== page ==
The study revealed three distinct zircon age populations at ca. 100, 175, and 250 Ma. Using Kolmogorov-Smirnov (K-S) statistical tests to compare our new igneous and detrital zircon (DZ) U-Pb results with previously published data, we found strong similarities to West Antarctic bedrock, but low correspondence to prospective sources in East Antarctica, implying a role for icebergs calved from the West Antarctic Ice Sheet (WAIS). The ~100 Ma age resembles plutonic ages from Marie Byrd Land and islands in Pine Island Bay.  The ~250 and 175 Ma populations match published mineral dates from shelf sediments in the eastern Amundsen Sea Embayment as well as granite ages from the Antarctic Peninsula and the Ellsworth-Whitmore Mountains (EWM). The different derivation of coarse sediment sources requires changes in iceberg origin through the latest Miocene, early Pliocene, and Plio/Pleistocene, likely the result of changes in WAIS extent.

One unique dropstone recovered from Exp379 Site U1533B is green quartz arenite, which yielded mostly 500-625 Ma detrital zircons. In visual appearance and dominant U-Pb age population, it resembles a sandstone dropstone recovered from Exp382 Site U1536 in the Scotia Sea (Hemming et al. 2020, https://gsa.confex.com/gsa/2020AM/meetingapp.cgi/Paper/357276). K-S tests yield high values (P ≥ 0.6), suggesting a common provenance for both dropstones recovered from late Miocene to Pliocene sediments, despite the 3270 km distance separating the sites. Comparisons to published data, in progress, narrow the group of potential on-land sources to exposures in the EWM or isolated ranges at far south latitudes in the Antarctic interior.  If both dropstones originated from the same source area, they could signify dramatic shifts in the WAIS grounding line position, and the possibility of the periodic opening of a seaway connecting the Amundsen and Weddell Seas.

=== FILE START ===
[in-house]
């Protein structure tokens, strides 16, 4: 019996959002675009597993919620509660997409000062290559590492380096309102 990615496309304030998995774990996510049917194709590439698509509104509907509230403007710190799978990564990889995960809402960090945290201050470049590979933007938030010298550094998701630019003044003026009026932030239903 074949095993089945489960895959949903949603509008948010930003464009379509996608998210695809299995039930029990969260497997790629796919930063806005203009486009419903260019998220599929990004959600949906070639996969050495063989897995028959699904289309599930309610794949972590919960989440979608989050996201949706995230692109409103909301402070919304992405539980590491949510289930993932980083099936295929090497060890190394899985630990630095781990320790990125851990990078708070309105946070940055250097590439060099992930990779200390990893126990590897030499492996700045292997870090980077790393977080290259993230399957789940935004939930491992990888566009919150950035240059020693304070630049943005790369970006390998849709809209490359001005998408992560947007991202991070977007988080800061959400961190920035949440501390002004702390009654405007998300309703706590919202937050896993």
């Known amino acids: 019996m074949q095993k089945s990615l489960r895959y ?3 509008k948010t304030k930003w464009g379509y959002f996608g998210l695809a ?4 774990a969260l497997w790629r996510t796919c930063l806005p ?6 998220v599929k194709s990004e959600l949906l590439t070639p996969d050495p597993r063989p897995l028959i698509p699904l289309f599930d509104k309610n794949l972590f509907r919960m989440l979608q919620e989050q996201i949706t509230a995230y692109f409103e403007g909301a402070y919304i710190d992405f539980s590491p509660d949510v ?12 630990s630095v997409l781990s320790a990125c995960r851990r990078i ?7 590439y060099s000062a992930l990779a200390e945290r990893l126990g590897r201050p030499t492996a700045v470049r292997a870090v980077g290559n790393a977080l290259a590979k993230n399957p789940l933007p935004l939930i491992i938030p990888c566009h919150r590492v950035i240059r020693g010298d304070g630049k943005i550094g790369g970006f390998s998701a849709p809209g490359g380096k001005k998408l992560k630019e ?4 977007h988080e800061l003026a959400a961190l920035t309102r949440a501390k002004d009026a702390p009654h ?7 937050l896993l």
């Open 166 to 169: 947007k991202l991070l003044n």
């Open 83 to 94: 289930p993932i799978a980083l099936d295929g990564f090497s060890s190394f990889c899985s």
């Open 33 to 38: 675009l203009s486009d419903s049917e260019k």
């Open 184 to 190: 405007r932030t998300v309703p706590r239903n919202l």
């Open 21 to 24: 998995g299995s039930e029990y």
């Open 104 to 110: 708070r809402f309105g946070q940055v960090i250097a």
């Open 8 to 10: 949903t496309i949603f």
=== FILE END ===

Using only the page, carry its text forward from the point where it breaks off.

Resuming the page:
IODP Expedition 379 Scientists and Expedition 382 Scientists:

Gohl, Karsten; Wellner, Julia; Bauersachs, Thorsten; Bohaty, Steve; Courtillat, Margot; Cowan,Ellen; De Lira Mota, Marcelo; Esteves, Mariana; Fegyveresi, John; Frederichs, Thomas; Gao, Liang; Halberstadt, Ruthie; Hillenbrand, Claus-Dieter; Horikawa, Keiji; Iwai, Masao; Kim, Ji-Hoon; King, Theresa; Klages, Johann; Passchier, Sandra; Penkrot, Michelle; Prebble, Joe; Rahaman, Waliur; Reinardy, Benedict; Renaudie, Johan; Robinson, Delaney; Scherer, Reed; Siddoway, Christine; Wu, Li; Yamane, Masako; Armbrecht, Linda ; Bailey, Ian ; Brachfeld, Stefanie ; Du, Zhiheng ; Fauth, Gerson ; Garcia, Marga ; Glueder, Anna ; Guitard, Michelle ; Gutjahr, Marcus ; Hemming, Sidney ; Hernández-Almeida, Iván ; Hoem, Frida S. ; Hwang, Ji-Hwan ; Iizuka, Mutsumi ; Kato, Yuji ; Kenlee, Bridget ; Martos, Yasmina M. ; Peck, Victoria ; Pérez, Lara F. ; Raymo, Maureen ; Reilly, Brendan T.; Ronge, Thomas A. ; Seki, Osamu ; Tauxe, Lisa ; Tripathi, Shubham ; Warnock, Jonathan ; Weber, Michael E. ; Zheng, Xufeng

How to cite: Siddoway, C., Thomson, S., Hemming, S., Buchband, H., Quigley, C., Furlong, H., Hilderman, R., Robinson, D., Watkins, C., Cox, S., and Licht, K. and the IODP Expedition 379 Scientists and Expedition 382 Scientists: U-Pb zircon geochronology of dropstones and IRD in the Amundsen Sea, applied to the question of bedrock provenance and Miocene-Pliocene ice sheet extent in West Antarctica, EGU General Assembly 2021, online, 19–30 Apr 2021, EGU21-9151, https://doi.org/10.5194/egusphere-egu21-9151, 2021.